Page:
To say I was running out of time and groping for material would be an understatement. I scouted for someone else, and noticed something odd. Here and there, throughout the cemetery grounds, were individuals and couples, who stood out: very well dressed, professional types. People who carried an educated demeanor.

I approached one such couple and said, “Could you tell me something about Saul?”

“Yes,” the fellow replied humbly. His wife lowered her head, averted her glance. “I . . . suppose . . .”

“Okay . . .” I nudged.

“In the neighborhood… he… took… kids…” he motioned with his head to the other atypicals, lowered his voice and continued, “under… his… wing….”

What the . . .? I wondered.

“My father was constantly in trouble with the law. In and out of jail,” the gentleman continued laboriously. It was clearly painful for him to admit all this. “My mother tried supporting us. Not an easy task, seven kids, two rooms . . .”

You seem, it dawned on me, to have done okay.

“I was in the streets, most of the time, from 11 years of age…”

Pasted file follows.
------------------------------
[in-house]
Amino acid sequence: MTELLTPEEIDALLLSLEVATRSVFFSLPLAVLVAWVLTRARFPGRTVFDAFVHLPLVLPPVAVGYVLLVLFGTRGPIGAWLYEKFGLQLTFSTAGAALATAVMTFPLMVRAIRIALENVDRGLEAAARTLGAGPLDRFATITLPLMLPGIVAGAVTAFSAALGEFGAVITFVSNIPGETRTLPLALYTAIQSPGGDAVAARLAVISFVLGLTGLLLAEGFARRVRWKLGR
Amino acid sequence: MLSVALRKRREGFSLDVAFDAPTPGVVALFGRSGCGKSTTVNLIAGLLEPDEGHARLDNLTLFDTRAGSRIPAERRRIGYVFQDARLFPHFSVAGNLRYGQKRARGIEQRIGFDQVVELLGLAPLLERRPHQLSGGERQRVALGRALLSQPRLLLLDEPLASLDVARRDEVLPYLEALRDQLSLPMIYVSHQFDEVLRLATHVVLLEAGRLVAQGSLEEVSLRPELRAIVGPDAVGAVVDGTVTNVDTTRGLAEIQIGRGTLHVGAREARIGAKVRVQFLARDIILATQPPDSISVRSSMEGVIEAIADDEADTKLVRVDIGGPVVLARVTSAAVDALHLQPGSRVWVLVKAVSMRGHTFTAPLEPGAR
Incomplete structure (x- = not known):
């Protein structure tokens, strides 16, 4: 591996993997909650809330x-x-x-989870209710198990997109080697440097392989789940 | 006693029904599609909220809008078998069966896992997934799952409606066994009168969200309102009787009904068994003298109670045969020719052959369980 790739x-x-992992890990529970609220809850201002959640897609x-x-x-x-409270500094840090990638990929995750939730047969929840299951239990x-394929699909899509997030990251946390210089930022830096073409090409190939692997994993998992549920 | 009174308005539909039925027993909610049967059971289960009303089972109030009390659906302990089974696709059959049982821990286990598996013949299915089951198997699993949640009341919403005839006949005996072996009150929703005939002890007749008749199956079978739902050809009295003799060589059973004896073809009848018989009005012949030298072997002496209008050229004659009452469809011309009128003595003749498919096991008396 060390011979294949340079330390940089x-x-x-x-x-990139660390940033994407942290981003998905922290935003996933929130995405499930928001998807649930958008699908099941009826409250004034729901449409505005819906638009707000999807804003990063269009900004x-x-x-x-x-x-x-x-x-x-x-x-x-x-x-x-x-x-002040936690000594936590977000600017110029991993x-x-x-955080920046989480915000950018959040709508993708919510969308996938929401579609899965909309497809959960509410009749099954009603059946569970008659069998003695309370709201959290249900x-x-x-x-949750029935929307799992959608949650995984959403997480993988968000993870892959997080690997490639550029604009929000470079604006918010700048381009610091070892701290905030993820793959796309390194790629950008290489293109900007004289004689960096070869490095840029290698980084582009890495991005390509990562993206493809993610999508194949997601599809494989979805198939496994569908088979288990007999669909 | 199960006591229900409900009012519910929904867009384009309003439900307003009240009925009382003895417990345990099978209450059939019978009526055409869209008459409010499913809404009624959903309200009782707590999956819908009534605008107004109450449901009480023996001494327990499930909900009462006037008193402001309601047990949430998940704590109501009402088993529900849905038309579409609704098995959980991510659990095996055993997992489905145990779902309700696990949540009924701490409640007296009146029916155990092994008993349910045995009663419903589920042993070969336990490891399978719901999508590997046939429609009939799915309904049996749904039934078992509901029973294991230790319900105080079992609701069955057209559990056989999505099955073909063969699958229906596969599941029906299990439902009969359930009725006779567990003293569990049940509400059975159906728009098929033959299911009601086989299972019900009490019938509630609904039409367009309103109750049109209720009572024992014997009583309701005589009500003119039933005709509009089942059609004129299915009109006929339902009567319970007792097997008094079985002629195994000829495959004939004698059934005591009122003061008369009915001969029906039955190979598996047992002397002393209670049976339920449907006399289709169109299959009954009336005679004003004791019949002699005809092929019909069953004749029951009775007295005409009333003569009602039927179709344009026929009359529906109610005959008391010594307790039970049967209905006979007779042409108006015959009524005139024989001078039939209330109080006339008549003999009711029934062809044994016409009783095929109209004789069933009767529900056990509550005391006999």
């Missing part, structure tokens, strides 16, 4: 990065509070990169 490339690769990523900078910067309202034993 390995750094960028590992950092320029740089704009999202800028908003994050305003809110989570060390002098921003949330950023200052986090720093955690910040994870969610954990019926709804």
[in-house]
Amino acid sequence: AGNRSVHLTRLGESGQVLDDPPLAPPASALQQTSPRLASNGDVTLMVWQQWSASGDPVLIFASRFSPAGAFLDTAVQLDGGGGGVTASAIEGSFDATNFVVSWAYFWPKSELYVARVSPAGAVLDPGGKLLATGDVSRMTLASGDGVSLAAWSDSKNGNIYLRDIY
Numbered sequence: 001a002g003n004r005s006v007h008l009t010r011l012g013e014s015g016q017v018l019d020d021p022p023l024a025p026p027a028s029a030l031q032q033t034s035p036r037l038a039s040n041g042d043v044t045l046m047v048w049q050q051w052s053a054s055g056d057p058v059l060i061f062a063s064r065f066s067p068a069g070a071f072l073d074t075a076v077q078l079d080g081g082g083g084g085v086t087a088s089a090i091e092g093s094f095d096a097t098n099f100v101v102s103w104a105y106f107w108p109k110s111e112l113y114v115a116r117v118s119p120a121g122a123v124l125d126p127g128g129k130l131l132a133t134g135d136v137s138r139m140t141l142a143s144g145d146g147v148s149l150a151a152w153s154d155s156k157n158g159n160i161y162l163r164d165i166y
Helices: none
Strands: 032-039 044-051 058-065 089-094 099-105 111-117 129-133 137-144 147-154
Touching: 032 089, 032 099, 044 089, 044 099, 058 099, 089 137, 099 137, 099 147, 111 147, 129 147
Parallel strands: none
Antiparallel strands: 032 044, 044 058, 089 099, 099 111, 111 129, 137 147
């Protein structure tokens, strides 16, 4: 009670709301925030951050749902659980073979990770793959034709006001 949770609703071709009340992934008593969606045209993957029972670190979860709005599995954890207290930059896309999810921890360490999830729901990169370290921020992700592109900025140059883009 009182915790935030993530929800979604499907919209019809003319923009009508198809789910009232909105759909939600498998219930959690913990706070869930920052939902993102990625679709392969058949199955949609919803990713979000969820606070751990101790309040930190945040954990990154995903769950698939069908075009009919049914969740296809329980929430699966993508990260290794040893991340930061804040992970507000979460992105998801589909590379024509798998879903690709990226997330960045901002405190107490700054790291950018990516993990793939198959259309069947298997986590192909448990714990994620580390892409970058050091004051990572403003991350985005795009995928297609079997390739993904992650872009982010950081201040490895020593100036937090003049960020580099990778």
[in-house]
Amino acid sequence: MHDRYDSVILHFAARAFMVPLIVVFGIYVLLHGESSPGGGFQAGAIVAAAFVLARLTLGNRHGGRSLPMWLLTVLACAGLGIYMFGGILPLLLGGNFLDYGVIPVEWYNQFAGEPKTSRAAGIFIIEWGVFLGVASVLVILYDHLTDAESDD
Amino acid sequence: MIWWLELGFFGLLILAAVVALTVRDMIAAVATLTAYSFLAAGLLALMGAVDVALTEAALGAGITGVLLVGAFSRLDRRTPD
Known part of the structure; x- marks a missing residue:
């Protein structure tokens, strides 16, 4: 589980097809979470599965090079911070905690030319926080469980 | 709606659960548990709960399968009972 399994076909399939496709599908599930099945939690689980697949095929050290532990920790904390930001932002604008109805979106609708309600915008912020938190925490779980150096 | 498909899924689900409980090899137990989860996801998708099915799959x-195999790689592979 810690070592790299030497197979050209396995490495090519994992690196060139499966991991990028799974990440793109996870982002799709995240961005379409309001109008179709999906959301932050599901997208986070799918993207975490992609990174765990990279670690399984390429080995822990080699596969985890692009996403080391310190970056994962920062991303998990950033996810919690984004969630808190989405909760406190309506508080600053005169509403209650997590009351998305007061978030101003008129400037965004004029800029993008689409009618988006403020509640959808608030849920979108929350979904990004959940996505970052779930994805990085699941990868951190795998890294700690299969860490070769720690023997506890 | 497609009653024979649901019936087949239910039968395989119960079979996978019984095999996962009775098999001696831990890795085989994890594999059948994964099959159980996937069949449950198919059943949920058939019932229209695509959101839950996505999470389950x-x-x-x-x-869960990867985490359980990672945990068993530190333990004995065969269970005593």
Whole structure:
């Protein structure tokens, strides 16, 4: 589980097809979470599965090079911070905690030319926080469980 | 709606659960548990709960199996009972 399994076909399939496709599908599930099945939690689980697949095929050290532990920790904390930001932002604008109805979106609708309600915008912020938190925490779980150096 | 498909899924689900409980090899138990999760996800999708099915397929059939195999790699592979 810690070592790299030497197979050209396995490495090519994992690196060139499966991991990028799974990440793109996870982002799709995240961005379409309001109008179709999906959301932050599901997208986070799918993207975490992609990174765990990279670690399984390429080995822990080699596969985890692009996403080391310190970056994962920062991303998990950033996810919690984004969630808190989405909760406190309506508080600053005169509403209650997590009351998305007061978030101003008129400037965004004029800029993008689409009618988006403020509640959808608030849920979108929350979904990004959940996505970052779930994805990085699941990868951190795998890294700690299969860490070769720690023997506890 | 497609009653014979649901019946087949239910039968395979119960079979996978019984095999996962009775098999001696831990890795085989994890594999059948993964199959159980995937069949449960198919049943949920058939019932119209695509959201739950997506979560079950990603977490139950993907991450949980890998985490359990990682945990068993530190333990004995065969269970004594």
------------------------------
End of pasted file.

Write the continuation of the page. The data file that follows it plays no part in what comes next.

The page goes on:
I continued my rounds.

The outdoor loudspeaker barked, directing our band towards the enclosed courtyard where the remains are placed during the final farewell. We clumsily meandered over: weeping women, solemn family, loud children, a crew of ex-inmates, and in the center a hand-foot-cuffed inmate, surrounded by armed guards.

We entered the courtyard, and the sobs and shouting died down as the cluster settled into place. Somebody hushed, “Quiet, the rabbi is going to speak.”

As I approached the podium, I glanced at the deceased wrapped in a prayer shawl, according to tradition, then around at waiting faces.

Rabbi Fishel Jacobs leading prayers are cemetery.